Swedish literature  

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Train wreck at Montparnasse (October 22, 1895) by Studio Lévy and Sons.
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Train wreck at Montparnasse (October 22, 1895) by Studio Lévy and Sons.

Swedish literature refers to literature written in the Swedish language or by writers from Sweden.

The first literary text from Sweden is the Rök Runestone, carved during the Viking Age circa 800 AD. With the conversion of the land to Christianity around 1100 AD, Sweden entered the Middle Ages, during which monastic writers preferred to use Latin. Therefore there are only a few texts in the Old Swedish from that period. Swedish literature only flourished when the Swedish language was standardized in the 16th century, a standardization largely due to the full translation of the Bible into Swedish in 1541. This translation is the so-called Gustav Vasa Bible.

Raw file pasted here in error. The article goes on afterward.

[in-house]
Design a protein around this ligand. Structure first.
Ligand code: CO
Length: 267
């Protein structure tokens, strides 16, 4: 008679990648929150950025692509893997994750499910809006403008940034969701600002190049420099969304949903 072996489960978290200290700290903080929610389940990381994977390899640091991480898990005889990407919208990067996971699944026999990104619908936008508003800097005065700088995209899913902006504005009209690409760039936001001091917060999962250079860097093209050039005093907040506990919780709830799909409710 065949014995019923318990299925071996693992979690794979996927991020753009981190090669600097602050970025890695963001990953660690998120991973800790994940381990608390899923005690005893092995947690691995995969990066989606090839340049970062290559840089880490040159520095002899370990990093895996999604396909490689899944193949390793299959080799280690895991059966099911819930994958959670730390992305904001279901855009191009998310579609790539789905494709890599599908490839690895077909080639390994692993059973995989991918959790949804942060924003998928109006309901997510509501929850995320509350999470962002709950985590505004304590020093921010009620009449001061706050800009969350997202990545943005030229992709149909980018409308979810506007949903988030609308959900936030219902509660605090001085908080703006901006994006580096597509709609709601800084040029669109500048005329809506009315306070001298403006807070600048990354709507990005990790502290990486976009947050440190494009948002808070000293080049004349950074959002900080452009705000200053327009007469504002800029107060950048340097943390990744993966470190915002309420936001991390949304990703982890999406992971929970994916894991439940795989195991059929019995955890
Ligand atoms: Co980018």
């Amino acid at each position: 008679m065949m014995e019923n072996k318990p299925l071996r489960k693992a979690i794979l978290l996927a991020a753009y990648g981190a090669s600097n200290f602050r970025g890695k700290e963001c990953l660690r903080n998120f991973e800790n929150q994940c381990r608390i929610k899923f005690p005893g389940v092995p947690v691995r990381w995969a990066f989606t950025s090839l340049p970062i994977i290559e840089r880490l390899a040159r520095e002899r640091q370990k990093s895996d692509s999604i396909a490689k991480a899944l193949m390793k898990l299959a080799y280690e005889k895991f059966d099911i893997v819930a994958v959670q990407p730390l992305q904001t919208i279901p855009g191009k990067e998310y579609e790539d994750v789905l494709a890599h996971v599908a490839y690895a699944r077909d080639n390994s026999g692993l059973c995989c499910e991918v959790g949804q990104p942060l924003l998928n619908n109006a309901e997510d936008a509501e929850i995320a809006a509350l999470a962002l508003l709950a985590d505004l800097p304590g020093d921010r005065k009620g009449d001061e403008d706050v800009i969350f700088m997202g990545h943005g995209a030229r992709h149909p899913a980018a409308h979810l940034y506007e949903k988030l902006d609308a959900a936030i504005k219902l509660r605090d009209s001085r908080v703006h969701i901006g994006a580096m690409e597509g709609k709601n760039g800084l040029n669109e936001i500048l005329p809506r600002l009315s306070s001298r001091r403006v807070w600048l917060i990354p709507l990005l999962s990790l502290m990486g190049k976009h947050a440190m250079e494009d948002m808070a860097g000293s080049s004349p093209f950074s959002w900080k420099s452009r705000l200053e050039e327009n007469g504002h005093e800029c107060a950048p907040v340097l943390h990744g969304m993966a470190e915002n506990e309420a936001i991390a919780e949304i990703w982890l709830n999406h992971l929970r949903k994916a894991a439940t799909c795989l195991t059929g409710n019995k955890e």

With improved education and the freedom brought by secularisation, the 17th century saw several notable authors develop the Swedish language further. Some key figures include Georg Stiernhielm (17th century), who was the first to write classical poetry in Swedish; Johan Henric Kellgren (18th century), the first to write fluent Swedish prose; Carl Michael Bellman (late 18th century), the first writer of burlesque ballads; and August Strindberg (late 19th century), a socio-realistic writer and playwright who won worldwide fame. The early 20th century continued to produce notable authors, such as Selma Lagerlöf (Nobel laureate 1909) and Pär Lagerkvist (Nobel laureate 1951).

In recent decades, a handful of Swedish writers have established themselves internationally, including the detective novelist Henning Mankell and the writer of spy fiction Jan Guillou. But the only writer to have made a significant mark on world literature is the children's book writer Astrid Lindgren, and her books about Pippi Longstocking, Emil of Maple Hills, and others.



Unless indicated otherwise, the text in this article is either based on Wikipedia article "Swedish literature" or another language Wikipedia page thereof used under the terms of the GNU Free Documentation License; or on original research by Jahsonic and friends. See Art and Popular Culture's copyright notice.

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